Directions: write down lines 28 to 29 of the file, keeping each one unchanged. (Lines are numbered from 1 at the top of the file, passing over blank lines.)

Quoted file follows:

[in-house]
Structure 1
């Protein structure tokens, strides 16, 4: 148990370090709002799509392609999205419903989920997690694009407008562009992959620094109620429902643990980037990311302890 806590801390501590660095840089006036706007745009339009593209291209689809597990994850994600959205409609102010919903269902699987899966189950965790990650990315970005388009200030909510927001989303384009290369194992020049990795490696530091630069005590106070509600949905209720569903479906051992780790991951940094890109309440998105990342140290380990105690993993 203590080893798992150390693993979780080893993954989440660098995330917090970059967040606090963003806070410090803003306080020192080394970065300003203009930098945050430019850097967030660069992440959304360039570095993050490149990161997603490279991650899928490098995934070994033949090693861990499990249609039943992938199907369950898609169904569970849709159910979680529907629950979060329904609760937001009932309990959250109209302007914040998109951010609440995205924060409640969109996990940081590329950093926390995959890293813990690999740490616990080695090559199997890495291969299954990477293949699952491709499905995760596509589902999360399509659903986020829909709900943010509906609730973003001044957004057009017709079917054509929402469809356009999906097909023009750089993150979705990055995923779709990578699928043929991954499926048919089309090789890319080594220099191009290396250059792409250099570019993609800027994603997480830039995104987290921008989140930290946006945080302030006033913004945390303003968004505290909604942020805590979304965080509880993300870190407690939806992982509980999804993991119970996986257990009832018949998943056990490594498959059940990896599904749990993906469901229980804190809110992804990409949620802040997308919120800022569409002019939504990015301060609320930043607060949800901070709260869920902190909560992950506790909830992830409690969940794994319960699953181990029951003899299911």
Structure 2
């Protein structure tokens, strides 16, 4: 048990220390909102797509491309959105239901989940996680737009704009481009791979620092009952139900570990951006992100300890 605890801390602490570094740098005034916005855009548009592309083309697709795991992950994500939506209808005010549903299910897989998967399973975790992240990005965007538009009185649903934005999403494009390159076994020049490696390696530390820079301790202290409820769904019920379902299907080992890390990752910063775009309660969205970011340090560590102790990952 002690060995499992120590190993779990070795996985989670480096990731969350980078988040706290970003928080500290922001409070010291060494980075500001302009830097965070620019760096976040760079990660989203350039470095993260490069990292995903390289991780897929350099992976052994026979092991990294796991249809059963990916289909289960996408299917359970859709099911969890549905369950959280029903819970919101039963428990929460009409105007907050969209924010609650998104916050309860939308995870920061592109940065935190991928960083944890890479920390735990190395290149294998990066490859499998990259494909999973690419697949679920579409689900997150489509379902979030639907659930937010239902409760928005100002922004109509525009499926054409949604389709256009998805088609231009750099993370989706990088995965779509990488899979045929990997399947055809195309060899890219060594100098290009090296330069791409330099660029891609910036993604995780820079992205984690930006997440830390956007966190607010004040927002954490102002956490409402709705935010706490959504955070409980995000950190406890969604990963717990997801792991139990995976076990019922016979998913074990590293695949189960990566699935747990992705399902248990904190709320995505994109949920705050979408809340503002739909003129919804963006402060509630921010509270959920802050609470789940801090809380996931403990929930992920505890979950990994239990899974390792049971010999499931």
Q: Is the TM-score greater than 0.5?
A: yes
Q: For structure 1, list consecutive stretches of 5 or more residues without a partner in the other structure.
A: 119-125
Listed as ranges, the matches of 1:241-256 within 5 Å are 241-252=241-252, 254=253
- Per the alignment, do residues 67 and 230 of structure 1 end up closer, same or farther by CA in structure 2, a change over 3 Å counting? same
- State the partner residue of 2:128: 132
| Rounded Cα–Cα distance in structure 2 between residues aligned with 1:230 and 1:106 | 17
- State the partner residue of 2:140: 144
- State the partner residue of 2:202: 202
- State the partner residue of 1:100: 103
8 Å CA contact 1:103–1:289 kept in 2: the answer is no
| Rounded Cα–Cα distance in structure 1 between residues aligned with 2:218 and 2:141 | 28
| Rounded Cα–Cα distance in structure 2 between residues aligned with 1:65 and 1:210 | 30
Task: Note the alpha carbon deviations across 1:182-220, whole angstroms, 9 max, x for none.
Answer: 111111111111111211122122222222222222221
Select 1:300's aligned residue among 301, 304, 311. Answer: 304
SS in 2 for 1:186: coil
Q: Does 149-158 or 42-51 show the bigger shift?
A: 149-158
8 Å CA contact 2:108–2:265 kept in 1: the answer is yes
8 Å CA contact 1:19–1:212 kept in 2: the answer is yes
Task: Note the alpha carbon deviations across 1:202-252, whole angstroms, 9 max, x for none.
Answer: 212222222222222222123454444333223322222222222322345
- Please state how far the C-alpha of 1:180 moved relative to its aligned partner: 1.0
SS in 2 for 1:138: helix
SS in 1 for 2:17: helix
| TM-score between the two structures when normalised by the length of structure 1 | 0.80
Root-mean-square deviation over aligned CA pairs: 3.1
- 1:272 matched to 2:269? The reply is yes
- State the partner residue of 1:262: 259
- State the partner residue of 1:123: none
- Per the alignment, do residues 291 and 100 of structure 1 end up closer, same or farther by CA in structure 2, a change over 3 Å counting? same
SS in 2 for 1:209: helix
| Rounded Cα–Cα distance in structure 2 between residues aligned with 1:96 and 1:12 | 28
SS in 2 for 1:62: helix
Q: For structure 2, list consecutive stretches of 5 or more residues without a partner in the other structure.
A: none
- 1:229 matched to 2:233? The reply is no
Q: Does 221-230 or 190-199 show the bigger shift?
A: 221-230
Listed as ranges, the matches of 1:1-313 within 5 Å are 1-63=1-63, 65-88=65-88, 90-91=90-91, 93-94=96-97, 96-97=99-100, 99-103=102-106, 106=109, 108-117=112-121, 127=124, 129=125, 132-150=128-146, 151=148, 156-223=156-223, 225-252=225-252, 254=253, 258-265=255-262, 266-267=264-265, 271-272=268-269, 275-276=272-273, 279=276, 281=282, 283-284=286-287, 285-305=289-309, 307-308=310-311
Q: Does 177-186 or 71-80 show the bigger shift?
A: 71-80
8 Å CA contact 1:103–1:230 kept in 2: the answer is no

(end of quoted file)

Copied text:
Task: Note the alpha carbon deviations across 1:202-252, whole angstroms, 9 max, x for none.
Answer: 212222222222222222123454444333223322222222222322345